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PennDOT commits to studying possibility of Roosevelt Boulevard subway

Updated: Dec 1, 2022

A representative for the Pennsylvania Department of Transportation said this weekend that the agency will study potential options for adding a subway or rail line on Roosevelt Boulevard.

In a public meeting hosted by Pennsylvania Rep. Jared Solomon, representatives from SEPTA, PennDOT and the Philadelphia Office of Transportation and Infrastructure discussed the project, which has long been called for as a way to better connect Northeast Philadelphia to Center City and make one of the city's most dangerous roads safer. The idea for a subway along Roosevelt Boulevard dates back more than a century.

Ashwin Patel, a senior manager at PennDOT, said at the meeting that the agency would study what is feasible — whether it be a subway, an elevated rail line or more dedicated bus routes. That exploration would be done as an expansion of the city-administered Route for Change program for Roosevelt Boulevard, released in spring 2021.

The plan covers various short-term alternatives to making the road safer, like designated bus lanes and more direct bus routes. The program's long-term solutions include rapid transit buses or making changes to the surface of the road to make it more closely resemble either the Ben Franklin Parkway or the Vine Street Expressway. The scope of Route for Change did not include a subway or rail solution.

For Solomon, the commitment from PennDOT is a step toward progress. He said he's heard from his constituents that they "want to see change on the Boulevard," and he's pushing for a form of rapid transit.

Solomon said that starting within weeks and taking place over the next few months, he will continue to host community sessions to gather input he hopes will inform the study. The Democrat representing the 202nd District, which encompasses a stretch of the boulevard near Oxford Circle, said that "the name of the game is public engagement."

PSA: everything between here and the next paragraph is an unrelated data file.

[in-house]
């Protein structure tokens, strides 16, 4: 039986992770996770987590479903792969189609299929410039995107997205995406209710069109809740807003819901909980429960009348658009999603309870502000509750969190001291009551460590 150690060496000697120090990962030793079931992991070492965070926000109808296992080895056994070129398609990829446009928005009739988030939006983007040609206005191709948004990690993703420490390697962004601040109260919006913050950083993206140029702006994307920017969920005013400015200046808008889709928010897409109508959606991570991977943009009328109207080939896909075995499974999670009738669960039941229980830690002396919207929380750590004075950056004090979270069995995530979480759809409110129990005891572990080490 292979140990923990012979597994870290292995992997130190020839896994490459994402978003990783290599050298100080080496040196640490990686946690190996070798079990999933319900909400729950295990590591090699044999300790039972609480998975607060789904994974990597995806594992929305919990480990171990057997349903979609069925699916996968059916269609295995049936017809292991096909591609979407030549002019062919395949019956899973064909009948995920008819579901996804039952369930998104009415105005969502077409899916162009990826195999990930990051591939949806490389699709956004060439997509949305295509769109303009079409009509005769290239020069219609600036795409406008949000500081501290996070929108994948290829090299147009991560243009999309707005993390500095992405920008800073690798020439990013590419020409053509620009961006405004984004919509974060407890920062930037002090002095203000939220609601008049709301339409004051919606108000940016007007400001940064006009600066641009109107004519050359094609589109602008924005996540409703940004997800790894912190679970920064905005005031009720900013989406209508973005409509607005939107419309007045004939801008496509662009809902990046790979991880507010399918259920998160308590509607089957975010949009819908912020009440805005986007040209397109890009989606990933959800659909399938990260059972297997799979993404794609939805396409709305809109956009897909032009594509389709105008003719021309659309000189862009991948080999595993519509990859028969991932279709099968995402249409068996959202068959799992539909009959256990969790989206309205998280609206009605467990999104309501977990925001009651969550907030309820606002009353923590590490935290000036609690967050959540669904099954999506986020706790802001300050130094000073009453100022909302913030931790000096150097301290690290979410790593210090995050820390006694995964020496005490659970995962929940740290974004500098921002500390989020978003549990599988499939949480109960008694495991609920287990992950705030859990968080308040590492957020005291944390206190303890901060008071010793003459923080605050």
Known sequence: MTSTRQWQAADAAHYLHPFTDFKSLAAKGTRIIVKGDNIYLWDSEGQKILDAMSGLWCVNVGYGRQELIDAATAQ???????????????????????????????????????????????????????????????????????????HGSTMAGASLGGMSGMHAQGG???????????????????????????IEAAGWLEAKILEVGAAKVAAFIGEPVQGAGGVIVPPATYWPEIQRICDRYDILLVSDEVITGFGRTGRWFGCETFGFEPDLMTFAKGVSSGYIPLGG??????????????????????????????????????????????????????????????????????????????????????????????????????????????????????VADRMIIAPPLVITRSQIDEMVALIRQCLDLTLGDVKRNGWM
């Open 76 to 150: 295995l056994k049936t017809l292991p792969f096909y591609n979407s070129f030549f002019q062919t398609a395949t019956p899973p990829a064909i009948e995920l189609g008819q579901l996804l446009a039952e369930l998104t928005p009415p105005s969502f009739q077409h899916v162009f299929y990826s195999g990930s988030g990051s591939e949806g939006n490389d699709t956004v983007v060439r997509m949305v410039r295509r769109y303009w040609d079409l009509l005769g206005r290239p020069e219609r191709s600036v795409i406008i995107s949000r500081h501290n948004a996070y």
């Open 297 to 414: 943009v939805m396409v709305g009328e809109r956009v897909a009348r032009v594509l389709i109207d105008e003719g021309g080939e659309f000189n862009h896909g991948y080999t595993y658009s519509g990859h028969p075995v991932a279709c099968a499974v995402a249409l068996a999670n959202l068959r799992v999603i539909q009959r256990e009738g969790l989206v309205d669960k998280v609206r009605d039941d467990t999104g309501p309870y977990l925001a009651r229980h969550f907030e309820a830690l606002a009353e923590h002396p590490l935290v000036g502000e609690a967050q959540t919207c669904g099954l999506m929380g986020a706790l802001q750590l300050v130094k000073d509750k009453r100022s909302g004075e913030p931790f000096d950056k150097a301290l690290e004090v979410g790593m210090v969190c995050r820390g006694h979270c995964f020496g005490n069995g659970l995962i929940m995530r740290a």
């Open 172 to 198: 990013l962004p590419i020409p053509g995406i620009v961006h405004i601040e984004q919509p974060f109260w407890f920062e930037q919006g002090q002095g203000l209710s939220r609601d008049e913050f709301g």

"Hopefully, when that study comes out it’s going to embrace rapid transit, and then next is securing the dollars," Solomon said.

Though an updated cost in today's dollars hasn't been put forth, Patel said at the meeting that some estimates are as high as $1 billion to $4 billion per mile for a subway project.

"If you start to throw out the 'b-word,' whether it's the Tappan Zee Bridge in New York or the ongoing connectivity work in Los Angeles with rapid transit, other cities are not intimidated, don't cower from the billion number," Solomon said. "They respond to it, they rally around it and they execute on a unified vision."

Solomon is hoping for buy-in from business leaders, community leaders and nonprofits alike, along with government agencies like SEPTA, PennDOT and the Office of Transportation and Infrastructure. He thinks it can lead to more efficient movement of goods and services in and out of Northeast Philadelphia. Businesses and schools would benefit from rapid transit in the Northeast, Solomon said.

Like many other leaders in Philadelphia, Solomon is eyeing the semiquincentennial in 2026 as a milepost for major projects — not for completion but for substantial progress.

"I see 2026 as a great marker because 2026 in Philadelphia is where we’ll be welcoming the nation to Philadelphia and Pennsylvania," Solomon said. "It would be good to advance this project to where people see the future of an interconnected city in a way we’ve never seen before."

In a statement to the Business Journal, SEPTA touted the success of its Boulevard Direct bus service and said it is "looking forward to continuing to discuss ways to improve service on the Roosevelt Boulevard corridor."

"We are committed to working closely with the community, elected officials and other stakeholders to make additional improvements," the transit agency said. Right now, Solomon's focus is not letting the opportunity to advance the project slip away.

"Are we going to take advantage of what is a roadway that is perfectly constituted for rapid transit, and do something big and visionary and transformational that will have a huge environmental impact, create a decade of job growth for the trades and others?" Solomon said. "That growth can be done hyper-focused on local folks in and around the Northeast, and it can save lives and make the Boulevard safer."

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